A hot contemporary Montessori issue that is dear to me is the marriage of our Montessori intervention and dementia (Hopper et al., 2013). The Montessori method has become popular with adults with dementia (Brenner & Brenner, 2012). Worldwide, 47.5 million people have dementia; a syndrome that affects older adult’s characteristic of deterioration in memory, thinking, behavior, and the ability to perform everyday activities (World Health Organization, 2016). A preparation of life is introduced to the adult with dementia; offering an increased quality of life.
The Montessori method of meaningful engagement for children is used with the adult resulting a decrease in undesirable behaviors (Lin et al., 2009) agitation, and wondering (Lee, Camp, & Malone, 2007). How is this possible? Just like we “follow the child” and prepare and create lessons to hone in a child’s sensitive period, we also match this idea to the adult with dementia. An adult with dementia requires cognitive stimulation by means of interactions with social and physical environments (Schneider & Camp, 2002). The Montessori philosophy offers a foundation to indirectly support and cultivate; self-esteem, independence, coordination, order and independence. These needs are very similar to that cognitive impairment seen in dementia which includes: feelings of self-esteem, community or belonging, a sense of accomplishment and a sense of order (Brenner & Brenner, 2012). Sounds like our Montessori philosophy! In fact, many issues surrounding dementia can be linked to the inability to meet these particular needs.
A Montessori teacher or caregiver can have conversations with the adult with dementia on their hobbies or skill sets; an assessment of what strengths are still remaining within the adult with dementia. These insights translate into cognitive, social and emotional sensitive periods within the Montessori method (Brenner & Brenner, 2012). Meaningful and engaged visits are important when dealing with an adult with dementia. The use of cognitive interventions for adults with dementia supports the use of Montessori-based learning (Hopper et al., 2013). When visits are paired with a Montessori prepared lesson, this adult can serve as a function to discover the person hiding behind the dementia; their abilities or interests are discovered through this process.
If the adult with dementia can’t remember the details of a visit or within the Montessori lesson, it should not and does not matter as long as the positive feeling can remain after the visit! The adult with dementia can improve with practice even if they do not remember doing it (Skrainer, Malone, Camp, McGowan, & Gorzelle, 2007). Repetition is an essential of the Montessori method (Dorer, 2017).
How does a teacher approach the Montessori lesson presentation? Consistent to presenting to children, the teacher refrains from verbally correcting or pointing out a mistake; if the adult with dementia is peaceful and happy then success is already occurring for the adult. The creating and presenting of Montessori lessons for the adult with dementia make them to feel success and accomplishment that still remain and find again the person behind with memory impairment (Schneider & Camp, 2002). Dr. Cameron Camp is a pioneer in this combination including Montessori-based programs in early childhood classrooms (Lee, Camp, & Malone, 2007).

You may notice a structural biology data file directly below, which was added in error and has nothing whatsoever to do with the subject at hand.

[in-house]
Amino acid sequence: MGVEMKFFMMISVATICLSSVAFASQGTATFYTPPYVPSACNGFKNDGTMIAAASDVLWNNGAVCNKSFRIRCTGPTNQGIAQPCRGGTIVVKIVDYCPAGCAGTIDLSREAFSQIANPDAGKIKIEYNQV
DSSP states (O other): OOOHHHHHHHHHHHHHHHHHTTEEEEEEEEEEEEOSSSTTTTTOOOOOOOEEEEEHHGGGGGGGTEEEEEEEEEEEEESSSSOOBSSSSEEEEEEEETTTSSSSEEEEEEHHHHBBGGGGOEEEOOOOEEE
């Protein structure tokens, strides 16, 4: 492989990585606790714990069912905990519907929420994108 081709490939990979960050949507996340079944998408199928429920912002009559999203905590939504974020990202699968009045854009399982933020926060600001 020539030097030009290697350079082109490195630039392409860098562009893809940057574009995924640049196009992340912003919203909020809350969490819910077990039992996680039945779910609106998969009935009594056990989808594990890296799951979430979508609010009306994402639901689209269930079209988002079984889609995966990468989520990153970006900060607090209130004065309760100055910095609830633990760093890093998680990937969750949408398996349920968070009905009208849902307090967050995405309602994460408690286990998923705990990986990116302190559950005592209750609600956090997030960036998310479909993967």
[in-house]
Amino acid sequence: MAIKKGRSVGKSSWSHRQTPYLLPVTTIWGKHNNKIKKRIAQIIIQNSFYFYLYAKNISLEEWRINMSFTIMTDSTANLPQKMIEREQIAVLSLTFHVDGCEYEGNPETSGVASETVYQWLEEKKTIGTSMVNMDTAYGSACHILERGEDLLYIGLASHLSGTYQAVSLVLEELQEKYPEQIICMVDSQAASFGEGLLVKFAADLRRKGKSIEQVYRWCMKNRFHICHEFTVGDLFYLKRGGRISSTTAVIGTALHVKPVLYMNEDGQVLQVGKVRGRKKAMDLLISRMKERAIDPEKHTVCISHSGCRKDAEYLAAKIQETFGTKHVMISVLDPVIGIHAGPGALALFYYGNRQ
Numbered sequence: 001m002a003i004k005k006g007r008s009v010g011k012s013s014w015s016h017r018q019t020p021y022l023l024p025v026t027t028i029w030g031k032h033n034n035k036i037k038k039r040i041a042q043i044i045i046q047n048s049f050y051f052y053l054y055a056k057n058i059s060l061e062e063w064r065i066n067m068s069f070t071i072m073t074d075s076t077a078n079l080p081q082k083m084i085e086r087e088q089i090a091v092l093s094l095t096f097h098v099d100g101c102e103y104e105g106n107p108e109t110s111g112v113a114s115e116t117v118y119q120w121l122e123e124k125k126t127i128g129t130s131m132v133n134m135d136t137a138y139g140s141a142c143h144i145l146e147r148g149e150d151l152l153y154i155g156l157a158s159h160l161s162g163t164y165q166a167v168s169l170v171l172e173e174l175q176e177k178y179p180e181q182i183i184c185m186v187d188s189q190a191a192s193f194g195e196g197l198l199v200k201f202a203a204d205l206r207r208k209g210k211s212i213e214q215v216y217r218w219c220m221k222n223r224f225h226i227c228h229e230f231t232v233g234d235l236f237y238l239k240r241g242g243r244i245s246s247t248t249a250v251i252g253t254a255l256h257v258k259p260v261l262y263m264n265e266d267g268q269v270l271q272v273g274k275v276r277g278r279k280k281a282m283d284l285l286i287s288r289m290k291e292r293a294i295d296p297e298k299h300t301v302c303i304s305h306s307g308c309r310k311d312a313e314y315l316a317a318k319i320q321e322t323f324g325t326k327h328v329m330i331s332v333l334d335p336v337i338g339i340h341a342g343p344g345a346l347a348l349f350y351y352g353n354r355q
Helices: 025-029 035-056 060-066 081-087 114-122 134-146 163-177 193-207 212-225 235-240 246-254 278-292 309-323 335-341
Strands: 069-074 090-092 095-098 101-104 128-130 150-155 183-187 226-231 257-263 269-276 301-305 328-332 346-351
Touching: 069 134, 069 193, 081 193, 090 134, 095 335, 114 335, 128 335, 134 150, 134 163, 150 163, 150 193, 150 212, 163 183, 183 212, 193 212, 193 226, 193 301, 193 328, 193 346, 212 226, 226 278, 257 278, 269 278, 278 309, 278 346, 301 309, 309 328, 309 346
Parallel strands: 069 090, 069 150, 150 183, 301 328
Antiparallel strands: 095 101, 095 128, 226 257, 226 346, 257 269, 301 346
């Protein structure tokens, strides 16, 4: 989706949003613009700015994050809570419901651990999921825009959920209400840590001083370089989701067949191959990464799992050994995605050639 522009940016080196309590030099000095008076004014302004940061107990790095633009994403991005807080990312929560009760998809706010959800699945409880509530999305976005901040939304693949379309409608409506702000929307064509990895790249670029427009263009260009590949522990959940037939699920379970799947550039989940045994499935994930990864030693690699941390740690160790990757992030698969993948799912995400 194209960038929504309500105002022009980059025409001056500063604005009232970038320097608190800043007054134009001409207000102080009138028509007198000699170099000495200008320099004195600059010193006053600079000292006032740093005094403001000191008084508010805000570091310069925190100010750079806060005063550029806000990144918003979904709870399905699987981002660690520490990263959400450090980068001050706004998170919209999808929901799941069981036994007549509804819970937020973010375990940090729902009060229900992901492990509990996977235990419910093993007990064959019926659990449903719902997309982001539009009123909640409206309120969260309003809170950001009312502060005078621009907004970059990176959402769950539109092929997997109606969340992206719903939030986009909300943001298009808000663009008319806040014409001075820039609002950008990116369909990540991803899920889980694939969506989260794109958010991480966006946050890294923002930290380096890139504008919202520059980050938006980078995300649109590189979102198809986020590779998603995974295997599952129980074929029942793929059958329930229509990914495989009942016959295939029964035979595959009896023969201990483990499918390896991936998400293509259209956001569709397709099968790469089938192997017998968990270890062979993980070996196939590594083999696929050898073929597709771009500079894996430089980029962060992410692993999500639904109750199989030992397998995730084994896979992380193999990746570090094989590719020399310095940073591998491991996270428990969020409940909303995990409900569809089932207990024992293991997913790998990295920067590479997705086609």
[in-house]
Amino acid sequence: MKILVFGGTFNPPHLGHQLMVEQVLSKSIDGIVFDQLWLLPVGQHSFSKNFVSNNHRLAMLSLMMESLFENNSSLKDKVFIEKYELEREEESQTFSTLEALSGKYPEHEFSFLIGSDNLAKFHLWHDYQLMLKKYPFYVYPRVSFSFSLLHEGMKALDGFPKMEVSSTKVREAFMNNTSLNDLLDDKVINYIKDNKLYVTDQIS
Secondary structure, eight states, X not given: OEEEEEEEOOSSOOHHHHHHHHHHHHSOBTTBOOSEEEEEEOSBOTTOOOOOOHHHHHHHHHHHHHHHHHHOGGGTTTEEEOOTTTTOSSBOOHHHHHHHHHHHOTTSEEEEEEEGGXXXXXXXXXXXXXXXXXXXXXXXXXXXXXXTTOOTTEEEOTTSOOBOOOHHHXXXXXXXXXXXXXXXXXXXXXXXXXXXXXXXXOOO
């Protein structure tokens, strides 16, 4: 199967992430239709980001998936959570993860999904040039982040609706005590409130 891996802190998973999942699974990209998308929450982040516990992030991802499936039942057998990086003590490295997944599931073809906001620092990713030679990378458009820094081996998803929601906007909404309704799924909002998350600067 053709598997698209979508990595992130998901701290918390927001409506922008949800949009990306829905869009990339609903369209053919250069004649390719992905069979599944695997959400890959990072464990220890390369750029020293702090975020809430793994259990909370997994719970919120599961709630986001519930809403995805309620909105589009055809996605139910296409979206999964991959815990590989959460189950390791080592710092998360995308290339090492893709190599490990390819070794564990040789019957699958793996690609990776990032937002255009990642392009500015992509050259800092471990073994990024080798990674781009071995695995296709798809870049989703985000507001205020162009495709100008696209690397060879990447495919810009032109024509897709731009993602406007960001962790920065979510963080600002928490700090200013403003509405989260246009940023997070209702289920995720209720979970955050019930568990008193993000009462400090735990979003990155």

Montessori and Dementia are two topics very close to my heart. My dream is tie in my Florida Licensed Practical Nurse degree with my American Montessori Society training…for now I will continue to create useful and practical lessons!
Thank you for reading!
Brenner, T., & Brenner, K. (2012). You say goodbye and we say hello: The Montessori method for positive dementia care. Chicago, IL: Jay W. Krajic and Brown Trout Publishing.
Dorer, M. (2017). Essential Montessori principles…plus one. Tomorrow’s child, 25(1), 15-19.
Hopper, T., Bourgeois, M., Pimentel, J., Qualls, C. D., Hickey, E., Frymark, T., & Schooling, T. (2013). An evidence-based systematic review on cognitive interventions for individuals with dementia. American Journal of Speech-Language Pathology, 22(), 126-145. http://dx.doi.org/10.1044/1058-0360(2012/11-0137)
Lee, M. M., Camp, C. J., & Malone, M. L. (2007). Effects of intergenerational Montessori-based activities programming on engagement of nursing home residents with dementia. Clinical Interventions in Aging, 2(3), 477-483.
Lillard, A. S. (2007). Montessori: the science behind the genius. New York, NY: Oxford University Press.
Lin, L. C., Huang, Y. J., Su, S. G., Watson, R., & Wu, S. C. (2010). Using spaced retrieval and Montessori-based activities in improving eating ability for residents with dementia. International Journal of Geriatric Psychiatry, 25(10), 953-959. http://dx.doi.org/10.1002/gps.2433
Lin, L., Yang, M., Kao, C., Wu, S., Tang, S., & Lin, J. (2009). Using acupressure and Montessori-based activities to decrease agitation for residents with dementia: A cross-over trial. Journal of the American Geriatrics, 57(6), 1022-1029.
Raetz, P. B., LeBlanc, L. A., Baker, J. C., & Hilton, L. C. (2013). Utility of the multiple-stimulus without replacement procedure and stability of preferences of older adults with dementia. Journal of Behavior Analysis, 46(4), 765-780.
Schneider, N., & Camp, C. (2002). Use of Montessori-based activities by visitors of nursing home residents with dementia. Clinical Gerontologist, 26(1), 71-84.
Skrainer, M., Malone, M., Camp, C., McGowan, A., & Gorzelle, G. (2007). Research in practice 1: Montessori-based dementia programming. Alzheimer’s Care Quarterly, 8(1), 53-64.
World Health Organization. (2016). Dementia: Fact sheet. Retrieved from http://www.who.int/mediacentre/factsheets/fs362/en/